BBC News
watch One-Minute World News
Last Updated: Wednesday, 19 March 2008, 00:45 GMT
Toxic gas 'helps lung patients'
Lung patient
Severe lung disease can be debilitating
A toxic gas could improve the lives of patients with serious lung conditions, scientists suggest.

Carbon monoxide - found in car exhausts and produced by faulty heaters - causes more than 50 deaths a year in the UK.

Dutch researchers, reports New Scientist magazine, believe at very low doses, it could relieve asthma and chronic obstructive pulmonary disease.

However, a second specialist says he has serious doubts about its safety as a treatment.

The difficulty with carbon monoxide is that there is a fine balance between levels that influence COPD, and toxic levels, and it would be very hard to gauge a safe dose for patients
Dr Paolo Paredi
National Heart and Lung Institute

Carbon monoxide, an odourless and invisible gas, is dangerous in high doses because it is taken up and stored by red blood cells instead of oxygen, with the result that insufficient oxygen is transported around the body.

The gas is produced naturally in the body as a by-product of some chemical reactions, but the researchers from the University Medical Center at Groningen said it has some surprising - and useful - properties.

Serious diseases such as COPD, often a combination of chronic bronchitis and emphysema caused by years of smoking, involve serious inflammation of lung tissues, and carbon monoxide appears to be able to ease this reaction, potentially improving symptoms.

The Dutch team gave 18 people a low dose of carbon monoxide for two hours on four consecutive days.

They then measured the level of a certain type of immune cell linked to inflammation in the lung mucus of the patients, and found that, on average, it had fallen by a third.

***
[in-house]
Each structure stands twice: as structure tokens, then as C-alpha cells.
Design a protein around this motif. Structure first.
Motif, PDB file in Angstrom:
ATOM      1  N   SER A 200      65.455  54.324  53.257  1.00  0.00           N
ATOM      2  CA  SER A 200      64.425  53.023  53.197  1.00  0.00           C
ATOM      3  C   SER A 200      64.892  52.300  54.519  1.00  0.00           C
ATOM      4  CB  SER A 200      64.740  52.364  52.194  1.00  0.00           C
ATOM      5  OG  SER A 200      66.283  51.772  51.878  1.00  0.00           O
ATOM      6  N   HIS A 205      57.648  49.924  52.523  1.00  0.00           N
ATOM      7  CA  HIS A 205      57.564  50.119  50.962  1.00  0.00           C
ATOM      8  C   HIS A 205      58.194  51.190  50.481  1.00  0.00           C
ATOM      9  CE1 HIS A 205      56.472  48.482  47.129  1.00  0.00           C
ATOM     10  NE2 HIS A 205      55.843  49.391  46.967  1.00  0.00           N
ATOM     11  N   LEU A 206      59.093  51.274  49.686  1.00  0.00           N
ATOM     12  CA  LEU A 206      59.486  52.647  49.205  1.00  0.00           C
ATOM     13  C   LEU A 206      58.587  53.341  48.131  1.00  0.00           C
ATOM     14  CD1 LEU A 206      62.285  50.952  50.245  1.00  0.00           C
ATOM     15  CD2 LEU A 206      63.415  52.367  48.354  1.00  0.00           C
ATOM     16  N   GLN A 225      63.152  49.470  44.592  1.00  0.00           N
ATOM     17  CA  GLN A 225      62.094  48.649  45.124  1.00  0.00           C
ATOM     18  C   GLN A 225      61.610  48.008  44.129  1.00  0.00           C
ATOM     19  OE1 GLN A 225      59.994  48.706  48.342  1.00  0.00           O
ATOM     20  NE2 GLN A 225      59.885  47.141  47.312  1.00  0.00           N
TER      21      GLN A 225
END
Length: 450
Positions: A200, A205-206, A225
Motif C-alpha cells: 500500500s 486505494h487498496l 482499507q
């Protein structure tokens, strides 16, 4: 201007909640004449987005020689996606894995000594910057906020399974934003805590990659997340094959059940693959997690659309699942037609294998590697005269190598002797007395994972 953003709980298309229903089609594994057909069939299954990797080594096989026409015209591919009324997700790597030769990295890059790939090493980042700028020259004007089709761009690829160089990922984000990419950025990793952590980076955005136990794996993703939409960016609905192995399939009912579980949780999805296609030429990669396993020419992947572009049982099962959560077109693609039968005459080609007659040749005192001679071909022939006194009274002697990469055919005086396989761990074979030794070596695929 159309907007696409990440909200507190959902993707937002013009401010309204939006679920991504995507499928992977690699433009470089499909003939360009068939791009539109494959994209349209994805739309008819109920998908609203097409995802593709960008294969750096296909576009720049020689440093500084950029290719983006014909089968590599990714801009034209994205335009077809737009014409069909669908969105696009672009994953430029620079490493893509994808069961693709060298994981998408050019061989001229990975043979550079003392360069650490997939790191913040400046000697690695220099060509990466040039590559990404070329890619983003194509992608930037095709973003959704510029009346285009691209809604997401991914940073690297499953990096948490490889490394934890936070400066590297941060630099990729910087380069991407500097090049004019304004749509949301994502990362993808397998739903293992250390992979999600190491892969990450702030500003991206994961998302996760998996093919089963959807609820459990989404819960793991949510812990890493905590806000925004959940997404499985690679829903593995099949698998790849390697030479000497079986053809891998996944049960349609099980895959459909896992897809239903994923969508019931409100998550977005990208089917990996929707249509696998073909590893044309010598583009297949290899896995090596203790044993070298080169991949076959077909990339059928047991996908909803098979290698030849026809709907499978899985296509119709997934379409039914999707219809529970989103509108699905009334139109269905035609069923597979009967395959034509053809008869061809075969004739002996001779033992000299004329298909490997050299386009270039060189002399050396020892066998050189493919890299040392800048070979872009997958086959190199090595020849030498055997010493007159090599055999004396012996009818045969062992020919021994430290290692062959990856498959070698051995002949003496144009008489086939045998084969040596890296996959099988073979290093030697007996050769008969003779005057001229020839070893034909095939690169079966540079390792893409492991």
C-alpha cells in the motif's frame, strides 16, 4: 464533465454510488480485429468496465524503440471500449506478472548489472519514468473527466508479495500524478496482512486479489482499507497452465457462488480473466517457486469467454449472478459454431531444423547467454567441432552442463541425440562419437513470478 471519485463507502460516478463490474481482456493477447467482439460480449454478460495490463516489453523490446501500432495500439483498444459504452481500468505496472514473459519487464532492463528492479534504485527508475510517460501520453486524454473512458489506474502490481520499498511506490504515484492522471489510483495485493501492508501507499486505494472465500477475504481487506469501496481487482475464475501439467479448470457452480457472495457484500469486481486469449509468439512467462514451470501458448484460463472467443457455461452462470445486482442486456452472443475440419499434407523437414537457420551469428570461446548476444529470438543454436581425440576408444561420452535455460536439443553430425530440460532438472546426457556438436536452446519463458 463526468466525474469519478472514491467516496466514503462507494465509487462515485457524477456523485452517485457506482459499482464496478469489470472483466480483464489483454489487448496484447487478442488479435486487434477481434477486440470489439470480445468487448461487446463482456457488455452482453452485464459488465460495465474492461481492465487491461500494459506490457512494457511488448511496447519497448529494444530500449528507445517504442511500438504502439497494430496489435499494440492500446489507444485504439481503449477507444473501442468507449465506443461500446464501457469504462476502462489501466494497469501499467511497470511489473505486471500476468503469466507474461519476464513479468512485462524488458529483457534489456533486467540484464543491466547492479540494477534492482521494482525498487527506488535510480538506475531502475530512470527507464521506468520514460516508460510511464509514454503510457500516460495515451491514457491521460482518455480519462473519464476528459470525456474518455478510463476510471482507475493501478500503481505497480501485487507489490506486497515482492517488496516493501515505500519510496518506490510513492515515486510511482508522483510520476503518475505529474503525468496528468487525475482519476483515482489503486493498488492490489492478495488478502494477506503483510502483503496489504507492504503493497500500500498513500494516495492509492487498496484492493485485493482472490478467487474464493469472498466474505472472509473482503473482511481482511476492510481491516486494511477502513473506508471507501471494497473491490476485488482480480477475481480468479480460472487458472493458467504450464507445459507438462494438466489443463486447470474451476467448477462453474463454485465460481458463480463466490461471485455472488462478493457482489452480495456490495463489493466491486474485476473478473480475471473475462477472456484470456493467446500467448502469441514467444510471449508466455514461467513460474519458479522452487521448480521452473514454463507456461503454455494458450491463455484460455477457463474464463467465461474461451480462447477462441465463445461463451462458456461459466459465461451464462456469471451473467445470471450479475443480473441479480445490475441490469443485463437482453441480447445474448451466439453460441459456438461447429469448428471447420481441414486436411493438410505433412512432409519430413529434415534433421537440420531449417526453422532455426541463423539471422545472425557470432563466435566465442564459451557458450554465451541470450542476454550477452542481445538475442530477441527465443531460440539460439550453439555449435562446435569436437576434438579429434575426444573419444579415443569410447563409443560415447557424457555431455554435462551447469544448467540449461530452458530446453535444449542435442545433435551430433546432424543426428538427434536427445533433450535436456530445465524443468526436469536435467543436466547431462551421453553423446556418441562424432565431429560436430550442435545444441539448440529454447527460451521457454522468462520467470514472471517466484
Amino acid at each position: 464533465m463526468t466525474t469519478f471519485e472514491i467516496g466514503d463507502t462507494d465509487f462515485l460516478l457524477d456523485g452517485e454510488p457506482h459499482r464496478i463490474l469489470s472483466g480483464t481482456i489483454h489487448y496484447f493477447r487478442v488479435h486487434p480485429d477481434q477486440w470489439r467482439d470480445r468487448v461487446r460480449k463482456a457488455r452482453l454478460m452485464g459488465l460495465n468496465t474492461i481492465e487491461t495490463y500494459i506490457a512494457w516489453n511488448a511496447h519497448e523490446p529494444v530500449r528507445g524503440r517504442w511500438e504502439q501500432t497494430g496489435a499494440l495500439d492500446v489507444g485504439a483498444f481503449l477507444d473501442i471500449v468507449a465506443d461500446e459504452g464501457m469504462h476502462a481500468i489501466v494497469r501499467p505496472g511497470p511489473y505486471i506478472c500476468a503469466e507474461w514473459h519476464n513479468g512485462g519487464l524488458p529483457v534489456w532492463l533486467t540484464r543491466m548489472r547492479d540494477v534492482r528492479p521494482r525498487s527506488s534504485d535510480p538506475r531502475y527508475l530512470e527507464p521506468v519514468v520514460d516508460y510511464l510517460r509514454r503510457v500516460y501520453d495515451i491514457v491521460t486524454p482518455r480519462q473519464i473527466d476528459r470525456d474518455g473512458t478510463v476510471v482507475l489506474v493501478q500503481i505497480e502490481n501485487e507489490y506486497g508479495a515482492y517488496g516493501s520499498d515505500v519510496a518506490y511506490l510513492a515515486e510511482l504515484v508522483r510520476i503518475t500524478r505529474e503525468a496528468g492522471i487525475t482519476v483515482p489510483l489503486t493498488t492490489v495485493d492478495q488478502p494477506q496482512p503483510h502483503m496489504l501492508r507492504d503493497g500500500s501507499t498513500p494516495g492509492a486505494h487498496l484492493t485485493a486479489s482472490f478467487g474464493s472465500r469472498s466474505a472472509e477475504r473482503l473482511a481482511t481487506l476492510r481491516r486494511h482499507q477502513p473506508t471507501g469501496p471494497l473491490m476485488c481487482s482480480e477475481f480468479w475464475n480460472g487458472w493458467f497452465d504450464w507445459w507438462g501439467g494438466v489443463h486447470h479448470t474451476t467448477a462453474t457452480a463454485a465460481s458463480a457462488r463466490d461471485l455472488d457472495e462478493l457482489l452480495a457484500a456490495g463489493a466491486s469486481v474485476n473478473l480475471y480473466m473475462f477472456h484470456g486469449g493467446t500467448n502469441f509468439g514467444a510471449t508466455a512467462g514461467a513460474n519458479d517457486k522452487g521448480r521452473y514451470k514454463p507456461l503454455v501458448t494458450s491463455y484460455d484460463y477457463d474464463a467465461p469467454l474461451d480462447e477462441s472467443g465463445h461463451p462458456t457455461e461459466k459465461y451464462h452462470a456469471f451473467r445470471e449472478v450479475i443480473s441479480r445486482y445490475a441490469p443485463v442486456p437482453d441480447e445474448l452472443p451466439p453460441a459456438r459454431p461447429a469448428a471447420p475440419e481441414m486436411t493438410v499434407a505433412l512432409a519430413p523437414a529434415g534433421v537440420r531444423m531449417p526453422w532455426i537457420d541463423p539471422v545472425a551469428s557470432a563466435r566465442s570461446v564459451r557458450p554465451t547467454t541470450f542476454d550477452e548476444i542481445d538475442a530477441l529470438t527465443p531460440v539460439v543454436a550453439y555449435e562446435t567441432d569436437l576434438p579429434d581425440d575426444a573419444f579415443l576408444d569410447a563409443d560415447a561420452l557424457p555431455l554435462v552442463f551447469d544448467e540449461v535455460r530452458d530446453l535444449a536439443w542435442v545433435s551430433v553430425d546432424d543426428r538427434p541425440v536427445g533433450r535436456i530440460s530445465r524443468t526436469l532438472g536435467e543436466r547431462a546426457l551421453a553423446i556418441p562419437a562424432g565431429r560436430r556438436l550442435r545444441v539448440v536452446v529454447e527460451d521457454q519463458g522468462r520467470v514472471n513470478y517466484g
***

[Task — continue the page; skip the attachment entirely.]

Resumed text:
The lungs themselves also became more resistant to the effects of an irritating chemical.

Toxic warning

Bigger trials are planned, and drug firms are looking for ways to make drugs which slowly release carbon monoxide, so it does not have to be breathed.

However, Dr Paolo Paredi from the National Heart and Lung Institute in London, who has carried out his own research into the presence of carbon monoxide in the breath of COPD patients, insisted that the gas was not a good candidate treatment.

He said: "Personally, I don't see any future in this idea, and I am far more excited about other drugs for COPD that are being researched.

"The difficulty with carbon monoxide is that there is a fine balance between levels that influence COPD, and toxic levels, and it would be very hard to gauge a safe dose for patients. This makes it potentially quite dangerous."



SEE ALSO
Lung disease 'hotspots' revealed
13 Nov 07 |  North East/N Isles
COPD (respiratory disease)
14 Mar 06 |  Medical notes

RELATED INTERNET LINKS
The BBC is not responsible for the content of external internet sites



FEATURES, VIEWS, ANALYSIS
Has China's housing bubble burst?
How the world's oldest clove tree defied an empire
Why Royal Ballet principal Sergei Polunin quit

PRODUCTS & SERVICES

Americas Africa Europe Middle East South Asia Asia Pacific